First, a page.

Musings

Suitably Paired

Their response to my gleeful “Happy New Year!” was a just-as-gleeful, well-meaning and pulsatingly pregnant “This is the year that we’ll come to eat your rice!”

Totally unrelated but perhaps a co-traveller on the same locomotive train faithfully conveying my thoughts, I’ve often wondered about the enigma; Why do long-married couples start to look alike?

how-to-sew-drawstring-pants-8

Well, after much pondering, I’m convinced that I just might have cracked the code to finding The One that one grows old and withered with. Alas, it’s hardly complicated:

Step 1. Spot a prospective.

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Juggling Life-shaped Balls

Well, 2016 was an interesting year.

At the start of the year, I recall vowing firmly that it would be a meaningful one, I was particularly keen about achieving relevance.   I wanted to be able to properly account for the year on the last day and also be happy about doing both the things that I’d set out to do and the ones that I didn’t even expect to happen.

The most significant thing was launching the Nedoux Sewing Club.  The phrase “Do it afraid” sounds rather clichèd, but to be honest I was mostly terrified sometimes, still I kept going regardless, pausing wasn’t an option.  I found the courage to persevere and the wisdom to keep improving, by learning from mistakes.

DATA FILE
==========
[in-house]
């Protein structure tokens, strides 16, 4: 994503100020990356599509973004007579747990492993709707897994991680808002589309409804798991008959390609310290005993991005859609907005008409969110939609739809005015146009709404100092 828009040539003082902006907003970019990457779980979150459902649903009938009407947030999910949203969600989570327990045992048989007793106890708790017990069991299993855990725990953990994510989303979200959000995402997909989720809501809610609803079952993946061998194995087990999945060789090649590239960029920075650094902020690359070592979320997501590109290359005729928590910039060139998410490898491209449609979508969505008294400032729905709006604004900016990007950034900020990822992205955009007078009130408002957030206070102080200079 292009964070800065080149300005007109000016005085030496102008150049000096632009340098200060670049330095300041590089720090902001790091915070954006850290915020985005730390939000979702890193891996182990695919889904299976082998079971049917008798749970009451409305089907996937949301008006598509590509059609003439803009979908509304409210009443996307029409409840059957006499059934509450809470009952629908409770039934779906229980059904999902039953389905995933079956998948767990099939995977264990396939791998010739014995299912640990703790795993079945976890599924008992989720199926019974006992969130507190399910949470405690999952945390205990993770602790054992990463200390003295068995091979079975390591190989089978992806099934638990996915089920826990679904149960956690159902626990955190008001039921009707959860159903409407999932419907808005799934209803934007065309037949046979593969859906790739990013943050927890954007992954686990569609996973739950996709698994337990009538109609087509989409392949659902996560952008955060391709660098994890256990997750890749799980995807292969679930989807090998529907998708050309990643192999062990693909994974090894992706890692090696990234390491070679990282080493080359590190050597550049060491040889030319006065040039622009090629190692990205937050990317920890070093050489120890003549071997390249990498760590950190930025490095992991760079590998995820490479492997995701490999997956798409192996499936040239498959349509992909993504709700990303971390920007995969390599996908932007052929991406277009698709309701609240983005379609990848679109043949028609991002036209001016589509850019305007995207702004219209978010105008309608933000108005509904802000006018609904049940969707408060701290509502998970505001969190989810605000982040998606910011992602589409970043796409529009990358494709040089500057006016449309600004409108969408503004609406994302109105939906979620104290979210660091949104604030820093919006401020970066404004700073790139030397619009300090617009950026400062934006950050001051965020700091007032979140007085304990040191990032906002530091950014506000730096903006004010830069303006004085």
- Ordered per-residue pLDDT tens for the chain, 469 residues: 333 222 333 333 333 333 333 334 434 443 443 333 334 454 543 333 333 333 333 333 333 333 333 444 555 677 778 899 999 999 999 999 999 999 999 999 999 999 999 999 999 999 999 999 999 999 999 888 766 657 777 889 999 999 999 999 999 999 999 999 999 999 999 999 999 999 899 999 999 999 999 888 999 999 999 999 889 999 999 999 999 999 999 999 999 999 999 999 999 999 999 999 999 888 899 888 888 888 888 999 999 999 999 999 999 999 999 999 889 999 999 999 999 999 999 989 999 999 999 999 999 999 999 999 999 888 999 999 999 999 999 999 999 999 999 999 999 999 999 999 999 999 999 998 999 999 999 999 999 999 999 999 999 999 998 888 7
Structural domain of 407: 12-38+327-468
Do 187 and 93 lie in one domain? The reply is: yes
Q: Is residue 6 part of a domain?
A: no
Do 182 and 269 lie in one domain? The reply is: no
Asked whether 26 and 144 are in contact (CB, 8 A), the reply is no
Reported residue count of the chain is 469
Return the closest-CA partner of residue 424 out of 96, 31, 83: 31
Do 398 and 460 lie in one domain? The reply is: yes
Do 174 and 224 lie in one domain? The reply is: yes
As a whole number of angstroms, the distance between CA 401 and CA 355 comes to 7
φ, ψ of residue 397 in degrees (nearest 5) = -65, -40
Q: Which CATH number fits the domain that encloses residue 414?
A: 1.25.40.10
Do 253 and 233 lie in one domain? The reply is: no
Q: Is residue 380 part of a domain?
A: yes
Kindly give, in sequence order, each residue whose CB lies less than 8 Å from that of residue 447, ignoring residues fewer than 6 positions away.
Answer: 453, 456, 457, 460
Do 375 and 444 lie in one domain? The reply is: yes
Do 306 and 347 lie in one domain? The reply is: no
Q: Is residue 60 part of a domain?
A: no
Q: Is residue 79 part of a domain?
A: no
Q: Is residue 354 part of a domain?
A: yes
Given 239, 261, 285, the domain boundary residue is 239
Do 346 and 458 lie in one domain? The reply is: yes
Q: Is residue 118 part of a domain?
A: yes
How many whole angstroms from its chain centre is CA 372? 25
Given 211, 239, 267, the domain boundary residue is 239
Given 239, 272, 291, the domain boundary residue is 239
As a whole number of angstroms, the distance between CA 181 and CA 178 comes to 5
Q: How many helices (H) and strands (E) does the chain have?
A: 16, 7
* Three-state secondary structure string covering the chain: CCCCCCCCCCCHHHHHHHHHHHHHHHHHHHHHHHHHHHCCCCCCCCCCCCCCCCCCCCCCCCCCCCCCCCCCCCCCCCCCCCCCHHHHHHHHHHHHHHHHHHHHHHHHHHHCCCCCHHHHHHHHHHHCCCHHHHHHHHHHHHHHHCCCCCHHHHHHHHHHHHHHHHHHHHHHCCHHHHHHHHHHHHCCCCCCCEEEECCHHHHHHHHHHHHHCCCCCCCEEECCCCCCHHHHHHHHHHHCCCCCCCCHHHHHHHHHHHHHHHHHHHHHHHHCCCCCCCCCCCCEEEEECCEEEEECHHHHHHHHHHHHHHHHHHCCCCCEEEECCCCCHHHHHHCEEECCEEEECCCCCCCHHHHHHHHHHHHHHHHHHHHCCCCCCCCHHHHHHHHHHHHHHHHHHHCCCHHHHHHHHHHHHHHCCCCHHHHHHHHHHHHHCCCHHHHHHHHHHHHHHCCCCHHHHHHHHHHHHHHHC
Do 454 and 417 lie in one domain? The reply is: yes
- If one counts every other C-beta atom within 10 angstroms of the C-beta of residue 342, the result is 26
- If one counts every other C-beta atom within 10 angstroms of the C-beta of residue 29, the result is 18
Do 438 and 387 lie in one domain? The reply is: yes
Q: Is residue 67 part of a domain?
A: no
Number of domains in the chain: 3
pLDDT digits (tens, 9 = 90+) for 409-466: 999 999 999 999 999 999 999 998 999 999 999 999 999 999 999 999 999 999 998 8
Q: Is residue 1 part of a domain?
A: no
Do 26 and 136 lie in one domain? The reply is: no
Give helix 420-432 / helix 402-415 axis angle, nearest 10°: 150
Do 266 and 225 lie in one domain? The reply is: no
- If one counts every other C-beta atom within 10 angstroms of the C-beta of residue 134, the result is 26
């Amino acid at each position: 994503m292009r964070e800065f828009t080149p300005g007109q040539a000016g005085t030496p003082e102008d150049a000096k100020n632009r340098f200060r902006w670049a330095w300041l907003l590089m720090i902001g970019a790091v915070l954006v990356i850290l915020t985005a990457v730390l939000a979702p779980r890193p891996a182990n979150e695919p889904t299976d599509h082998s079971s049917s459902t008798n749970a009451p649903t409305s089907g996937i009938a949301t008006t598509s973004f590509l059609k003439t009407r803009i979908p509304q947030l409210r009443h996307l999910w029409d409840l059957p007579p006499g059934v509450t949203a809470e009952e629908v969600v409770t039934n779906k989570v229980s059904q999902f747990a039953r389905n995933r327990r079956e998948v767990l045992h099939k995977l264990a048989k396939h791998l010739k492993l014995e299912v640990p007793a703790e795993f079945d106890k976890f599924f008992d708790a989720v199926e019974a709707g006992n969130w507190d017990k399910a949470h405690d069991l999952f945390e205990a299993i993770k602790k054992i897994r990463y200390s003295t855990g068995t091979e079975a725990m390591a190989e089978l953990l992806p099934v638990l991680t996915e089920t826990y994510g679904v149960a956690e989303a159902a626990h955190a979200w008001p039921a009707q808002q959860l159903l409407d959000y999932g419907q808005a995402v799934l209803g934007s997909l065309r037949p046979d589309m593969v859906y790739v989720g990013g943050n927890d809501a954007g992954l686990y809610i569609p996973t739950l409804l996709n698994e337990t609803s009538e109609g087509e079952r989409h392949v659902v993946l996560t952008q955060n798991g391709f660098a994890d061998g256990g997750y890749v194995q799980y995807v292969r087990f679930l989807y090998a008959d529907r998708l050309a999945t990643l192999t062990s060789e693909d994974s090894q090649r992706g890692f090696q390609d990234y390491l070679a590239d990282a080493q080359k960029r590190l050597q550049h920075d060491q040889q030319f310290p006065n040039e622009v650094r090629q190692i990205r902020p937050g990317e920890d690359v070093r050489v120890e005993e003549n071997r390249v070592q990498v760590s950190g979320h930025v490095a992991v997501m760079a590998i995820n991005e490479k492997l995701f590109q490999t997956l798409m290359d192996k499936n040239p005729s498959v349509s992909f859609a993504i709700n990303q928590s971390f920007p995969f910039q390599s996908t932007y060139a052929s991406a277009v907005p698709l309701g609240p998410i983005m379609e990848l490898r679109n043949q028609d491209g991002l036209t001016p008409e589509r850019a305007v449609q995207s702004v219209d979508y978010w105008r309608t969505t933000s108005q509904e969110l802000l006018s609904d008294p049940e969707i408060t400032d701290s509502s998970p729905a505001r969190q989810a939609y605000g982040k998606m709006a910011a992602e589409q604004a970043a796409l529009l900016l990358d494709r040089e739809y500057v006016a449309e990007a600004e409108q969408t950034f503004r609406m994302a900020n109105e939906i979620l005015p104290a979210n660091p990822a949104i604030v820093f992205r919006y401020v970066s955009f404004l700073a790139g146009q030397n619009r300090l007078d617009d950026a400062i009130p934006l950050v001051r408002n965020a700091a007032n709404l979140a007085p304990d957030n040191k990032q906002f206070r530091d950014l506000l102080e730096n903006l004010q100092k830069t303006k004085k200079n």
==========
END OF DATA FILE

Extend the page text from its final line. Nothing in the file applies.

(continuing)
Truthfully, I’m still learning to balance the new balls in my life, thus whilst the sewing workshop thrived,  writing and blogging were neglected towards the end of the year.

Here are some of the moments that made this year remarkable for me. I am very thankful to everyone who supported me.

Best wishes for the New Year!

Sign

Recession & The Paradox of Thrift

Indeed, austere times call for austerity measures. 2016 is definitely the year of ‘Want vs. Need’ mental debates. Considering the current state of the economy, most people have been compelled to devise budget-friendly measures and stretch their finances across the most basic necessities.

Recently, I thought I needed brand new clothes but after careful consideration, I realized that what I’d assumed was a need was simply a want slyly camouflaging itself as a need. So, I browsed through…

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I said it before, I’ll say it again

I like to think that words hold each other’s hands like best friends, it seems like a reasonable explanation for the spasms that sometimes visit when I open my mouth to speak; the uncontrollable repetition of words joined side-by-side not unlike Siamese twins.

There are days when save for its reluctant shadow, I am convinced that my stutter has left me. Days when I am smug that I don’t miss it as much as it must miss me. Days when I am pleasantly surprised that our destinies weren’t as intertwined as they seemed after all.

Then, there are those days when it comes back and settles down comfortably onto the couch that is my tongue, like it never left at all, and I simply carry on with indifference. It is what it is.isad-ribbon-october-22

When I was younger, the repetitions made me self-conscious, the thought of addressing unfamiliar people made my blood freeze even before my vocal cords froze. I was anxious because I stuttered and I stuttered because I was anxious. If a snake swallows its own tail…

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On Guard

Lagosians wear the agbádá of suspicion rather elegantly.